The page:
My writer friends and I often talk about the tools we’ve discovered to actually help us put words on a page. Those tools range everything from hardware to software, pens to moleskine journals, settings to environments, snacks to libations. I’ve been singing the praises of a few of my writing tools here in a series of posts. You can revisit posts on hardware, software, references & resources, accouterments and some of my social media tools.
This installment of the tools that help my writing heart tick will be a little different. With this one I’m really going to promote a discipline more than things. Reading. People who are a lot smarter than me have said if you want to write you need to excel at reading. Lest you think I’m kidding:
“If you don’t have time to read, you don’t have the time (or the tools) to write. Simple as that.” ― Stephen King
“Read everything–trash, classics, good and bad, and see how they do it. Just like a carpenter who works as an apprentice and studies the master. Read! You’ll absorb it. Then write.” ― William Faulkner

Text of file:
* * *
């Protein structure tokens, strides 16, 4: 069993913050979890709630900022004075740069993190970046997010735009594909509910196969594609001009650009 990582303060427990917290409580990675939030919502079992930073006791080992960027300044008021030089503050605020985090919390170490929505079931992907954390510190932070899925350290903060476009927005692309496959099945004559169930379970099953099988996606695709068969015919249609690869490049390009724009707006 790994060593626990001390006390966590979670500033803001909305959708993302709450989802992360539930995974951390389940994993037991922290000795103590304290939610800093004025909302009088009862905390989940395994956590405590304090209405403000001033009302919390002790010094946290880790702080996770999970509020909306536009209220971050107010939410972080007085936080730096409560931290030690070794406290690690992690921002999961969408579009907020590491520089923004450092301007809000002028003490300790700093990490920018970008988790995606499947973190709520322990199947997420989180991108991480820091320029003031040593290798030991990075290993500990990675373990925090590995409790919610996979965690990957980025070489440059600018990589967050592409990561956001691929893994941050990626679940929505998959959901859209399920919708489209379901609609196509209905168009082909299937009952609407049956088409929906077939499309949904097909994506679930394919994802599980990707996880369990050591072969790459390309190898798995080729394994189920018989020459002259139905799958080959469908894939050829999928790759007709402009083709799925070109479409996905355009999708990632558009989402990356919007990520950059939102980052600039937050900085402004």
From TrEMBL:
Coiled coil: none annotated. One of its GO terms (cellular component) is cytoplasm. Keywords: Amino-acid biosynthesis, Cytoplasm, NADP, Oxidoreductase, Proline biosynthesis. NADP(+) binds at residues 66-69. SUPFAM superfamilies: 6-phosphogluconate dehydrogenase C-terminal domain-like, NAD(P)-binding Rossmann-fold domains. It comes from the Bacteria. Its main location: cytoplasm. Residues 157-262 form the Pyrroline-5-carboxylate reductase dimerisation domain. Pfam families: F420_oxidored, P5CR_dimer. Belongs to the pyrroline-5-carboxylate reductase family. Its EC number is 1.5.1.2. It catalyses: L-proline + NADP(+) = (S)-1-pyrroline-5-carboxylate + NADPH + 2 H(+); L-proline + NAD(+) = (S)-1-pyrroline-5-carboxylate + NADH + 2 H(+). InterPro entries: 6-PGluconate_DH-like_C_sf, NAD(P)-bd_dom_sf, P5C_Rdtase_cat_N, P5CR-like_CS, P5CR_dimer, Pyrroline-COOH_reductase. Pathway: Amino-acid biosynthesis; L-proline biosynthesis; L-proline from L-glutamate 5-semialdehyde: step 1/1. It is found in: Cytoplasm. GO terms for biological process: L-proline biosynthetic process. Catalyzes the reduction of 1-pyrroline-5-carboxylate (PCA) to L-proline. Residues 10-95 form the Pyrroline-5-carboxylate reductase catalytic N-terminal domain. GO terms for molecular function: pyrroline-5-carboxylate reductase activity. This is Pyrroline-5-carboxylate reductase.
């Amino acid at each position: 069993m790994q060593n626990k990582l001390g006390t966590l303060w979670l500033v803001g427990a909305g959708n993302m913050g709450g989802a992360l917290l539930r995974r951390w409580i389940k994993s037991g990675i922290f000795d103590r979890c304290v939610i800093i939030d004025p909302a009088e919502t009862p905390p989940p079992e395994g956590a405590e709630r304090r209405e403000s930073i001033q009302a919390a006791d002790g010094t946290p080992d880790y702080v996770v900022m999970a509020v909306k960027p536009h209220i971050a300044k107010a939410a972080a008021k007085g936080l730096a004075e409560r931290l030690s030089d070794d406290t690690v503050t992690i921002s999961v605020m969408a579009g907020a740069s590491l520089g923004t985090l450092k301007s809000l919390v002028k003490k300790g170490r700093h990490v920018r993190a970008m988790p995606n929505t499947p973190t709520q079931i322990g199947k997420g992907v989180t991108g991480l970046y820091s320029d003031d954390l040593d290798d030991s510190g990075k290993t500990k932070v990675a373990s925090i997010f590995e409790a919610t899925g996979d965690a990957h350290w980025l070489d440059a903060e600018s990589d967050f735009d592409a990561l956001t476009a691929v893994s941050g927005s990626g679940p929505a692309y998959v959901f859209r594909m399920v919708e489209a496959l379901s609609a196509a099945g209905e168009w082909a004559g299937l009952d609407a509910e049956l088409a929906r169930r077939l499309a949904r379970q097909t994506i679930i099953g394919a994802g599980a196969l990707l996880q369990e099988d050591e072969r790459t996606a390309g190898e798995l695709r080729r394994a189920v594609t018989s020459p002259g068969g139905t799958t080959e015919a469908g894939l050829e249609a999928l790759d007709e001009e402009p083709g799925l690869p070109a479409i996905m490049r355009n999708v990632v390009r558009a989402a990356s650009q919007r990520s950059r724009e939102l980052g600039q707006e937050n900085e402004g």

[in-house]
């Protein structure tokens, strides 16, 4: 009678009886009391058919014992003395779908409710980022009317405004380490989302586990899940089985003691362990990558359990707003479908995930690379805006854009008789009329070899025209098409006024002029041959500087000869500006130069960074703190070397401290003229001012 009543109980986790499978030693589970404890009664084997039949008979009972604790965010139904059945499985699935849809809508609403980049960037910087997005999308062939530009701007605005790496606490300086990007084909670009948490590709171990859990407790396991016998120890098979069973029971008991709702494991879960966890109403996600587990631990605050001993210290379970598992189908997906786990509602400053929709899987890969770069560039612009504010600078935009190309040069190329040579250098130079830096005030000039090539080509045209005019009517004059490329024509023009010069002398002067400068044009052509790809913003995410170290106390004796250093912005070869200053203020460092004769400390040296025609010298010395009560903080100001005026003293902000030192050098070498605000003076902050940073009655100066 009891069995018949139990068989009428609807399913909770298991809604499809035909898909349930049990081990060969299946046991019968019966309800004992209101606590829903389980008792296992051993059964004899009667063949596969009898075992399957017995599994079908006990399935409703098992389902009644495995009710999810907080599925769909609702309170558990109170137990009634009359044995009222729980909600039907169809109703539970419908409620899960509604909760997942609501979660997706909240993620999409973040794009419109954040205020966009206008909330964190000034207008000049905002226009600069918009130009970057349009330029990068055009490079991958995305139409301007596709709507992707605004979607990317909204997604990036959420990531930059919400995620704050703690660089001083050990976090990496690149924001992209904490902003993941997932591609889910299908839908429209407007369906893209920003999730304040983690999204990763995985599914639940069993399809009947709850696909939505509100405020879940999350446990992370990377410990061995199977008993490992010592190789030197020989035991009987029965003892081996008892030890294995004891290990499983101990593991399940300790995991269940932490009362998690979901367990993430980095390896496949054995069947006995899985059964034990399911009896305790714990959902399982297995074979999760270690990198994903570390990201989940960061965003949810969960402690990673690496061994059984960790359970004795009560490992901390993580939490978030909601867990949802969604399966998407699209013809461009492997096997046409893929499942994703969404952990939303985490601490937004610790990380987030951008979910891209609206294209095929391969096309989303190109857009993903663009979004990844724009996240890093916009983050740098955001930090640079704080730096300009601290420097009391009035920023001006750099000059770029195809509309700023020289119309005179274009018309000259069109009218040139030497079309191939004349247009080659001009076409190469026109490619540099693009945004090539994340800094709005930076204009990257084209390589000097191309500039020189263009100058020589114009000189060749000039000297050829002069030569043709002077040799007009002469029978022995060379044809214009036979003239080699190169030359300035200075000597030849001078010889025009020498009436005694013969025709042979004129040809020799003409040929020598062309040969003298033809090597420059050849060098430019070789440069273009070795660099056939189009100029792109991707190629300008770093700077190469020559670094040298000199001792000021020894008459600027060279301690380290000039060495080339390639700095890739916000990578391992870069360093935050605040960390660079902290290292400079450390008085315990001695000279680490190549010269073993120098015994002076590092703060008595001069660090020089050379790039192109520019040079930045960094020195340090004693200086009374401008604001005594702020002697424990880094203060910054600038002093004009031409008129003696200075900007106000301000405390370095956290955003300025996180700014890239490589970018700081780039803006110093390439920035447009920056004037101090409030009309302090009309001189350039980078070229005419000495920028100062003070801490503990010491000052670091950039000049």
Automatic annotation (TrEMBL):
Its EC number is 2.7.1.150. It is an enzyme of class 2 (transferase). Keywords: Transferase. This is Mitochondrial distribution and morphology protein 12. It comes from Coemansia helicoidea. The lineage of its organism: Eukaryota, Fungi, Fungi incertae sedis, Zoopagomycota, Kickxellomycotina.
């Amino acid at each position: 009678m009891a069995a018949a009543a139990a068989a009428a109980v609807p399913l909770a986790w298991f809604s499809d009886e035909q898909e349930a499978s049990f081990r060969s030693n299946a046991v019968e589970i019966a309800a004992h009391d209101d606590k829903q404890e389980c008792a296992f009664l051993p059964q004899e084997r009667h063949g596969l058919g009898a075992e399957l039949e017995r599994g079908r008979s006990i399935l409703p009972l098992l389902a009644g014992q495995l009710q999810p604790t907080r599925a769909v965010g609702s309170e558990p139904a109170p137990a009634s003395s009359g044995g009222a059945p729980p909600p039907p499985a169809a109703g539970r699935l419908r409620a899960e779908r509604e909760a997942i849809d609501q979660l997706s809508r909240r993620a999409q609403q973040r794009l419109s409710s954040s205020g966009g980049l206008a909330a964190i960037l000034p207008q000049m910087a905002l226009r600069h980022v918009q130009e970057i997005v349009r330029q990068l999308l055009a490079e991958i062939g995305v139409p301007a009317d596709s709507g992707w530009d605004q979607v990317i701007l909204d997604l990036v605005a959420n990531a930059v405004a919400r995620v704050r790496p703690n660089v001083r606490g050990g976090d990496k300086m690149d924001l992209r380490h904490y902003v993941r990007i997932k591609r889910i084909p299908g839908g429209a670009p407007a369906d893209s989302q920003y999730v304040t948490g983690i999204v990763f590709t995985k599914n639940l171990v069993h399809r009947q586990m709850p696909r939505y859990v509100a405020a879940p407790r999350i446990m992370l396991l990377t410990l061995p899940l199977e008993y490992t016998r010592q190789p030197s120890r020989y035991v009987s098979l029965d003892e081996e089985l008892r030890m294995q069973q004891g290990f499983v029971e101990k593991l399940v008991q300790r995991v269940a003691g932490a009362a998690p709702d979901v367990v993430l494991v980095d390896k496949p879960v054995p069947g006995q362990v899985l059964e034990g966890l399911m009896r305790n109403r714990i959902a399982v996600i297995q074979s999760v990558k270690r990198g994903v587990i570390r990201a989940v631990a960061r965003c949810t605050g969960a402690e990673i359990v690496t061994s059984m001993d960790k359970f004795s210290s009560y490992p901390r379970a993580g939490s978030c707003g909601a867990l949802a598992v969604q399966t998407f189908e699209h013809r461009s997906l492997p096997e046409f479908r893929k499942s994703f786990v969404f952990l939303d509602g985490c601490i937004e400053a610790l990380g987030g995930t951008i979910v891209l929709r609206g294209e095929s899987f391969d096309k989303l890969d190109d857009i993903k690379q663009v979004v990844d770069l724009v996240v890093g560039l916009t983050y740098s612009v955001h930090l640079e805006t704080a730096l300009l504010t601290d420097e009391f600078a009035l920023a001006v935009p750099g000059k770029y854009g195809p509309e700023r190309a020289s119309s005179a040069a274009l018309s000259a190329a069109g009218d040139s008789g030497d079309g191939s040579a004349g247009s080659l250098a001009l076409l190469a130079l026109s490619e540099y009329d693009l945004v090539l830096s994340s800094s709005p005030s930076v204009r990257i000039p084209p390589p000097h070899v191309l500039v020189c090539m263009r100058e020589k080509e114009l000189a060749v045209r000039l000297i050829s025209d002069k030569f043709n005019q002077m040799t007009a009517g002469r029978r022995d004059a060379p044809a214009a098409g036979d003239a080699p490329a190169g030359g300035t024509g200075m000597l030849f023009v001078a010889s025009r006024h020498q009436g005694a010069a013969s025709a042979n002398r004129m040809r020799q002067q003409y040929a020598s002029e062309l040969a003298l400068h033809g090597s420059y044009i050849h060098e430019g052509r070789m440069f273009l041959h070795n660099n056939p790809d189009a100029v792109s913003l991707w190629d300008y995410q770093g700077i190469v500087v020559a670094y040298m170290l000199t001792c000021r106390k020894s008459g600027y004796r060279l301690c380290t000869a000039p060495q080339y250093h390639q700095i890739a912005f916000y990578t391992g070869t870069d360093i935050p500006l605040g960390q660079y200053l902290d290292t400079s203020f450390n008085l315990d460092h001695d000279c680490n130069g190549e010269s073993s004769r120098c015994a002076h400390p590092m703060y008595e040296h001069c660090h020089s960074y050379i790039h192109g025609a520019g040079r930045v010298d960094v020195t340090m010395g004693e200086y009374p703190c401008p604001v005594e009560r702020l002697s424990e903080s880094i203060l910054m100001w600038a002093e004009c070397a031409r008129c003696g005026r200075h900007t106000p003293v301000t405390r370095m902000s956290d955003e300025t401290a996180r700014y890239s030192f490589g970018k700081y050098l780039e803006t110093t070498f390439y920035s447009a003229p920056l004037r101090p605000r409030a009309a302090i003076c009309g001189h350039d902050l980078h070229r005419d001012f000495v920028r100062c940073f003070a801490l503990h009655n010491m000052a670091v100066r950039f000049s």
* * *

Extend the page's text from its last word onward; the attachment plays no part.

Think I’m kidding? Erasmus is considered one of the great human minds of all time. What did he think of reading? “When I get a little money, I buy books. If any is left, I buy food and clothes.” — Erasmus
Personally, I have tended to practice the Faulkner quote above. I woke up to the reality a few years back that the only books I was reading were those recommended to me because they would gel with my wiring and thinking. In other words, I’d find kinship with the author, the subject matter or story. I made an intentional change. I started reading different points of view, different styles and voices. I picked up some genres I’d never read before. And I believe my writing craft has grown for it.
I’d encourage you, make time in your day–every day–for some reading. Your writing will benefit.
In case you’re curious, here are a handful of titles I’ve read in the past twelve months (some of which I’d recommend, others which I would not!) to give you an idea of the diversity: Team of Rivals (Doris Kearns Goodwin), Platform (Michael Hyatt), Aesop’s Fables, Love is an Orientation (Andrew Marin), Off Magazine Street (Ronald Capps), Atlas of the Human Heart (Ariel Gore), The Adventures of Sherlock Holmes (Arthur Conan Doyle).
What are you reading these days? What reading has fed your writing life recently?